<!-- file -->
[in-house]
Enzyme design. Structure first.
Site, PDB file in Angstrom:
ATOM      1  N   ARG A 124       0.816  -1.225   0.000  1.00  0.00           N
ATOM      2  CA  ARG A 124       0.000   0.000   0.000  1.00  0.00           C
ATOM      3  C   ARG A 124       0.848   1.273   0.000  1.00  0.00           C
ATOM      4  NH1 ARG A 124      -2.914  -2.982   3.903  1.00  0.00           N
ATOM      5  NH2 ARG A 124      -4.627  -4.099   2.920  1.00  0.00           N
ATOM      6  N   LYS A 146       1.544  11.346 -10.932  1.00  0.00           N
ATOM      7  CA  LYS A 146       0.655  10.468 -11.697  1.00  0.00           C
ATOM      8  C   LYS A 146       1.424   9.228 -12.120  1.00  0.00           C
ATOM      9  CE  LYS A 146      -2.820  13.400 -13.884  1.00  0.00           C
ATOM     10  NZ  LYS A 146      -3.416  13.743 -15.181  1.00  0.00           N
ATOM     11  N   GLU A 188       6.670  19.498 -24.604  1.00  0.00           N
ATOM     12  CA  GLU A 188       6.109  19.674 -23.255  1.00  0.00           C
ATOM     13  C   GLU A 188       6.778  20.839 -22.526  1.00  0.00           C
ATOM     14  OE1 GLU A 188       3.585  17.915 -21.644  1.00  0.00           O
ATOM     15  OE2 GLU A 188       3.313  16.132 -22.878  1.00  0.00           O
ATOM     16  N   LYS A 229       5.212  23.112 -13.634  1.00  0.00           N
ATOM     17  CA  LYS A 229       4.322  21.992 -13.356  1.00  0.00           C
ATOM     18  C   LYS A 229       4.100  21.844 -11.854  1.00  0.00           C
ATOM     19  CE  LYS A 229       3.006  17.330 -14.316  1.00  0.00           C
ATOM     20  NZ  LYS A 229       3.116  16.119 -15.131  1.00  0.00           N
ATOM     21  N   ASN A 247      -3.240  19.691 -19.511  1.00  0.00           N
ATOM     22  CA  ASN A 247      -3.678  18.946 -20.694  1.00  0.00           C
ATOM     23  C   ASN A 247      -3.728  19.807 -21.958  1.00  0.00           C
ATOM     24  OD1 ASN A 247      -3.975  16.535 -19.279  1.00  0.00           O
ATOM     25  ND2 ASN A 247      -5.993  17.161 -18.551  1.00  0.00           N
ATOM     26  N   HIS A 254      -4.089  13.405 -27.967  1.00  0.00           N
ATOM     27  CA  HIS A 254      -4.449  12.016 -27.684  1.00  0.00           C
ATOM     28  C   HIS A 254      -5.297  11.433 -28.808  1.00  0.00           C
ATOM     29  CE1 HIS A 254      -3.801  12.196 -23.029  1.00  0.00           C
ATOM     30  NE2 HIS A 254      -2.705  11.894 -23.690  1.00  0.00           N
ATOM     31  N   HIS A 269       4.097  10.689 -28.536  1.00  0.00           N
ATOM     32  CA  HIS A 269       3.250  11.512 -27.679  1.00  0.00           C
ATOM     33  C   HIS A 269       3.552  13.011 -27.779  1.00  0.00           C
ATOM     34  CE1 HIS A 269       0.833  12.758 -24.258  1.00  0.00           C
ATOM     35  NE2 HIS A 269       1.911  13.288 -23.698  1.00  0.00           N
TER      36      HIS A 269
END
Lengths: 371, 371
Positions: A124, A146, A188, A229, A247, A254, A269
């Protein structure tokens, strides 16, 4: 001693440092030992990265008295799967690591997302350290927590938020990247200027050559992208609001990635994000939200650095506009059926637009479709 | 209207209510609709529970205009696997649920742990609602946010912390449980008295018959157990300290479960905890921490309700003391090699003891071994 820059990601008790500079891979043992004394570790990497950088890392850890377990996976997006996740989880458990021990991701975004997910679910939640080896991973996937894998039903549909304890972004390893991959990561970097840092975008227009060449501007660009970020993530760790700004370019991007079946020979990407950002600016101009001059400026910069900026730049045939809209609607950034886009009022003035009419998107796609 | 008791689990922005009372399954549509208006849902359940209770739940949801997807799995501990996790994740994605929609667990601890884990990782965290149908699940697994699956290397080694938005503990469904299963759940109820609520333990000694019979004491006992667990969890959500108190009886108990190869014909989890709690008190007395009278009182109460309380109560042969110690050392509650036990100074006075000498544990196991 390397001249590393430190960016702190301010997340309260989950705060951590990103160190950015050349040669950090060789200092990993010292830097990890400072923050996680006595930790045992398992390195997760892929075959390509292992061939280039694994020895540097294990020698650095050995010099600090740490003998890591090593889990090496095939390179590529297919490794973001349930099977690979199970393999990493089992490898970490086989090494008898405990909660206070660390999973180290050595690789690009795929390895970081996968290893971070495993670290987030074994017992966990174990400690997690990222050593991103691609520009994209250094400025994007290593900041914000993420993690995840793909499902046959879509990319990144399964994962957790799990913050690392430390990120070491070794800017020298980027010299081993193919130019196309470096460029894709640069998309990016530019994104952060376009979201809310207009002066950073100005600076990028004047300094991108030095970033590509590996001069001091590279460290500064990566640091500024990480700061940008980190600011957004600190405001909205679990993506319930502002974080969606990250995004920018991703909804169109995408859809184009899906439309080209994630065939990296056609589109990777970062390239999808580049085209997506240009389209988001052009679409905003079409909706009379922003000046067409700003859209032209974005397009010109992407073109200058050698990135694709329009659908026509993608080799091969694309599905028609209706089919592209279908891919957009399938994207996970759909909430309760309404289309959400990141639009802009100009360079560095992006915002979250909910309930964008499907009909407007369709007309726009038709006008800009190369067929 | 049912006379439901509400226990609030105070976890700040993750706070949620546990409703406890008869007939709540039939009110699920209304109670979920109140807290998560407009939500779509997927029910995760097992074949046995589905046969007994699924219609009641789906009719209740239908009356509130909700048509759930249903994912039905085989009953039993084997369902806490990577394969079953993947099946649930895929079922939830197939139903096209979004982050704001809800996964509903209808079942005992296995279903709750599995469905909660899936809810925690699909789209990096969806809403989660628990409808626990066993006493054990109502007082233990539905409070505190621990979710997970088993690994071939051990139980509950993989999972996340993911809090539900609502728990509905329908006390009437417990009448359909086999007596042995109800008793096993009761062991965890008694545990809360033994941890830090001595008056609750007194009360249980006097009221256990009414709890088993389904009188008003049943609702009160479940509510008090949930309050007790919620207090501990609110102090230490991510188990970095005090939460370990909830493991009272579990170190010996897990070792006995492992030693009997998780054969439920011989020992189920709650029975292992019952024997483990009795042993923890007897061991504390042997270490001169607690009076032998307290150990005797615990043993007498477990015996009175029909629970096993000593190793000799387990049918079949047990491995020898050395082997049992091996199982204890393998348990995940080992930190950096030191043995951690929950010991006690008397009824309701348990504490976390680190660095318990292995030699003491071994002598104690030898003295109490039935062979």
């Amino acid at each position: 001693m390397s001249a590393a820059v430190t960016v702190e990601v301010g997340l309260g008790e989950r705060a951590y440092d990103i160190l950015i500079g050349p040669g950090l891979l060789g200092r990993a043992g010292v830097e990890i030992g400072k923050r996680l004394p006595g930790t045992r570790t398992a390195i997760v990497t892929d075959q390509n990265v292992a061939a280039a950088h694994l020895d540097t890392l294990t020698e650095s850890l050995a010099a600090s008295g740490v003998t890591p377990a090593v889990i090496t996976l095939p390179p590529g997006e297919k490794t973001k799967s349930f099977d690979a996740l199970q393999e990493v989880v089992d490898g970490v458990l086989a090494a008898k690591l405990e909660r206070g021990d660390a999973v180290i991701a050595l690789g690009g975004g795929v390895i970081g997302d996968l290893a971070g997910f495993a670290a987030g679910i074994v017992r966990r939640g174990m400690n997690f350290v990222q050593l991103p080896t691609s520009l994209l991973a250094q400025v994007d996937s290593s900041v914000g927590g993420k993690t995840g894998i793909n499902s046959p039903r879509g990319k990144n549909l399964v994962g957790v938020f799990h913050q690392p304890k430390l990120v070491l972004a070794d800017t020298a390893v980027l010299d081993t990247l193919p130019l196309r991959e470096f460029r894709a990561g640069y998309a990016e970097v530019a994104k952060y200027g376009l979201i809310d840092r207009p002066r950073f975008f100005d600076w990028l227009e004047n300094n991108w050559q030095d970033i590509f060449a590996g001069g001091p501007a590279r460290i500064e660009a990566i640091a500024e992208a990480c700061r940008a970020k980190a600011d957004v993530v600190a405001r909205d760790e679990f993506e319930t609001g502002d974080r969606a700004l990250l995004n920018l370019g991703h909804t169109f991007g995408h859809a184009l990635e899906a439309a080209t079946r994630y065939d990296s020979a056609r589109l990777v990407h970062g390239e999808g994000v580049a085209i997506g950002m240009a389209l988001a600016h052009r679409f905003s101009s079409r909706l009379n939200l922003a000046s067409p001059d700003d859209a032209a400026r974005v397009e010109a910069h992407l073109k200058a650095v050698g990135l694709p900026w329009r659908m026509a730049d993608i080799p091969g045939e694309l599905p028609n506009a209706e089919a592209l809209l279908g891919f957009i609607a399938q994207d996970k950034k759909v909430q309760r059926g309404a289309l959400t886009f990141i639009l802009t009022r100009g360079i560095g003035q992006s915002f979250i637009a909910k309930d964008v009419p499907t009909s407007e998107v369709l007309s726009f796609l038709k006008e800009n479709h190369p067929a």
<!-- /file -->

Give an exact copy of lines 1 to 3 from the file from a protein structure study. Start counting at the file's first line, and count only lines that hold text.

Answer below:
[in-house]
Enzyme design. Structure first.
Site, PDB file in Angstrom: